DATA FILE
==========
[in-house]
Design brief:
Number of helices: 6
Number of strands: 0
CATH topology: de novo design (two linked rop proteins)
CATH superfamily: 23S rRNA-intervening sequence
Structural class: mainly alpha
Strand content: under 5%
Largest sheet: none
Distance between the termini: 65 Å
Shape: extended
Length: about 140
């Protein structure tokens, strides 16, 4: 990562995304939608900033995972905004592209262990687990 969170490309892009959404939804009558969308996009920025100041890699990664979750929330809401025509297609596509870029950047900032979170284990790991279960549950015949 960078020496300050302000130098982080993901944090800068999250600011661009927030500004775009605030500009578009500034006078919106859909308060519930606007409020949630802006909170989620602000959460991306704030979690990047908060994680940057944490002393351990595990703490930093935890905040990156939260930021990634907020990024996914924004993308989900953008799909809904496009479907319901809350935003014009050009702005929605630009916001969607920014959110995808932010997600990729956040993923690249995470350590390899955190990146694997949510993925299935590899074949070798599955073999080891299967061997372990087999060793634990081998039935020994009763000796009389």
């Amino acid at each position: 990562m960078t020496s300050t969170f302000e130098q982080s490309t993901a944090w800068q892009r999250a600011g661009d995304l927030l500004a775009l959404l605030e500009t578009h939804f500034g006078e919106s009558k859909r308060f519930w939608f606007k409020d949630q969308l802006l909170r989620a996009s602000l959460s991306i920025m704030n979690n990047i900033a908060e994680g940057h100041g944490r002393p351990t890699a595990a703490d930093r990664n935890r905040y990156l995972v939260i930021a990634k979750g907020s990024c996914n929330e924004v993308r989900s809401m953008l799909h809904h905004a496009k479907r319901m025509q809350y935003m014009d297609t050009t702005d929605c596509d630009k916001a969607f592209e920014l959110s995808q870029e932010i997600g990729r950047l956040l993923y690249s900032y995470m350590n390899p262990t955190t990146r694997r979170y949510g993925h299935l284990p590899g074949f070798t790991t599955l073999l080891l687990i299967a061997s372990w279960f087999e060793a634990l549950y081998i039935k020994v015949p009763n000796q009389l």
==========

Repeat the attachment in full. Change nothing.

[in-house]
Design brief:
Number of helices: 6
Number of strands: 0
CATH topology: de novo design (two linked rop proteins)
CATH superfamily: 23S rRNA-intervening sequence
Structural class: mainly alpha
Strand content: under 5%
Largest sheet: none
Distance between the termini: 65 Å
Shape: extended
Length: about 140
């Protein structure tokens, strides 16, 4: 990562995304939608900033995972905004592209262990687990 969170490309892009959404939804009558969308996009920025100041890699990664979750929330809401025509297609596509870029950047900032979170284990790991279960549950015949 960078020496300050302000130098982080993901944090800068999250600011661009927030500004775009605030500009578009500034006078919106859909308060519930606007409020949630802006909170989620602000959460991306704030979690990047908060994680940057944490002393351990595990703490930093935890905040990156939260930021990634907020990024996914924004993308989900953008799909809904496009479907319901809350935003014009050009702005929605630009916001969607920014959110995808932010997600990729956040993923690249995470350590390899955190990146694997949510993925299935590899074949070798599955073999080891299967061997372990087999060793634990081998039935020994009763000796009389």
């Amino acid at each position: 990562m960078t020496s300050t969170f302000e130098q982080s490309t993901a944090w800068q892009r999250a600011g661009d995304l927030l500004a775009l959404l605030e500009t578009h939804f500034g006078e919106s009558k859909r308060f519930w939608f606007k409020d949630q969308l802006l909170r989620a996009s602000l959460s991306i920025m704030n979690n990047i900033a908060e994680g940057h100041g944490r002393p351990t890699a595990a703490d930093r990664n935890r905040y990156l995972v939260i930021a990634k979750g907020s990024c996914n929330e924004v993308r989900s809401m953008l799909h809904h905004a496009k479907r319901m025509q809350y935003m014009d297609t050009t702005d929605c596509d630009k916001a969607f592209e920014l959110s995808q870029e932010i997600g990729r950047l956040l993923y690249s900032y995470m350590n390899p262990t955190t990146r694997r979170y949510g993925h299935l284990p590899g074949f070798t790991t599955l073999l080891l687990i299967a061997s372990w279960f087999e060793a634990l549950y081998i039935k020994v015949p009763n000796q009389l």